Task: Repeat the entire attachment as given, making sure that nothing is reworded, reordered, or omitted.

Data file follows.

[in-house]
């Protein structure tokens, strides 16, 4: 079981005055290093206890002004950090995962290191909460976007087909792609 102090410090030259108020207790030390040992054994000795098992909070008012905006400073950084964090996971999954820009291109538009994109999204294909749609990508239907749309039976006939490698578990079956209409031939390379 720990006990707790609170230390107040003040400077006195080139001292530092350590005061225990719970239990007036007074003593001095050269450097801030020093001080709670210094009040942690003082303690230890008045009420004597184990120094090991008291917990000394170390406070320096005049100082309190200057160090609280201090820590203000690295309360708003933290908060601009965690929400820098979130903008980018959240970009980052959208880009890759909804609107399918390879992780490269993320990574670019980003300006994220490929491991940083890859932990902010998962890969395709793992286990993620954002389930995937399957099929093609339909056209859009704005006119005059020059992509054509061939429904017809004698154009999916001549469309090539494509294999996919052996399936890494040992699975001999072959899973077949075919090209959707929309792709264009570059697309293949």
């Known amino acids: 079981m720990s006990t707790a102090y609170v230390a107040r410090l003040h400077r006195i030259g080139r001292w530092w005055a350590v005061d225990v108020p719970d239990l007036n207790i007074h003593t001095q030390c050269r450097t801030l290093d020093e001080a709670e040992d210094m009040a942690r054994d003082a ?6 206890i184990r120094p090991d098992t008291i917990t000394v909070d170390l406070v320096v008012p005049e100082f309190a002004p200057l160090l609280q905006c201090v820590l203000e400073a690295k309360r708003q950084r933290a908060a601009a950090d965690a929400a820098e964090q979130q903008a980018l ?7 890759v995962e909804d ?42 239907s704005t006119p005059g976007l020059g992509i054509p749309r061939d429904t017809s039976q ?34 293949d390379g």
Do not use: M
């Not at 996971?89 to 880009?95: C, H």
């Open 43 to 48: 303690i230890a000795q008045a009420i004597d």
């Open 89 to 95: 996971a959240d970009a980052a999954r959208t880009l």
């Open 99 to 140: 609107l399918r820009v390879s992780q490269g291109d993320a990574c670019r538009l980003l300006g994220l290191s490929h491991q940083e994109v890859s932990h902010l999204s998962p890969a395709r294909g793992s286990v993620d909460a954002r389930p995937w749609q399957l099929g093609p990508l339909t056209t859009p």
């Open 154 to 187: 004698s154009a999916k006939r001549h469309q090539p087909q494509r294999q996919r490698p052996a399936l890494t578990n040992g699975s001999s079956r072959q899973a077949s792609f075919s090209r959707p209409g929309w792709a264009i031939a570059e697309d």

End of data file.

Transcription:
[in-house]
């Protein structure tokens, strides 16, 4: 079981005055290093206890002004950090995962290191909460976007087909792609 102090410090030259108020207790030390040992054994000795098992909070008012905006400073950084964090996971999954820009291109538009994109999204294909749609990508239907749309039976006939490698578990079956209409031939390379 720990006990707790609170230390107040003040400077006195080139001292530092350590005061225990719970239990007036007074003593001095050269450097801030020093001080709670210094009040942690003082303690230890008045009420004597184990120094090991008291917990000394170390406070320096005049100082309190200057160090609280201090820590203000690295309360708003933290908060601009965690929400820098979130903008980018959240970009980052959208880009890759909804609107399918390879992780490269993320990574670019980003300006994220490929491991940083890859932990902010998962890969395709793992286990993620954002389930995937399957099929093609339909056209859009704005006119005059020059992509054509061939429904017809004698154009999916001549469309090539494509294999996919052996399936890494040992699975001999072959899973077949075919090209959707929309792709264009570059697309293949």
């Known amino acids: 079981m720990s006990t707790a102090y609170v230390a107040r410090l003040h400077r006195i030259g080139r001292w530092w005055a350590v005061d225990v108020p719970d239990l007036n207790i007074h003593t001095q030390c050269r450097t801030l290093d020093e001080a709670e040992d210094m009040a942690r054994d003082a ?6 206890i184990r120094p090991d098992t008291i917990t000394v909070d170390l406070v320096v008012p005049e100082f309190a002004p200057l160090l609280q905006c201090v820590l203000e400073a690295k309360r708003q950084r933290a908060a601009a950090d965690a929400a820098e964090q979130q903008a980018l ?7 890759v995962e909804d ?42 239907s704005t006119p005059g976007l020059g992509i054509p749309r061939d429904t017809s039976q ?34 293949d390379g």
Do not use: M
């Not at 996971?89 to 880009?95: C, H």
């Open 43 to 48: 303690i230890a000795q008045a009420i004597d």
């Open 89 to 95: 996971a959240d970009a980052a999954r959208t880009l």
């Open 99 to 140: 609107l399918r820009v390879s992780q490269g291109d993320a990574c670019r538009l980003l300006g994220l290191s490929h491991q940083e994109v890859s932990h902010l999204s998962p890969a395709r294909g793992s286990v993620d909460a954002r389930p995937w749609q399957l099929g093609p990508l339909t056209t859009p």
């Open 154 to 187: 004698s154009a999916k006939r001549h469309q090539p087909q494509r294999q996919r490698p052996a399936l890494t578990n040992g699975s001999s079956r072959q899973a077949s792609f075919s090209r959707p209409g929309w792709a264009i031939a570059e697309d």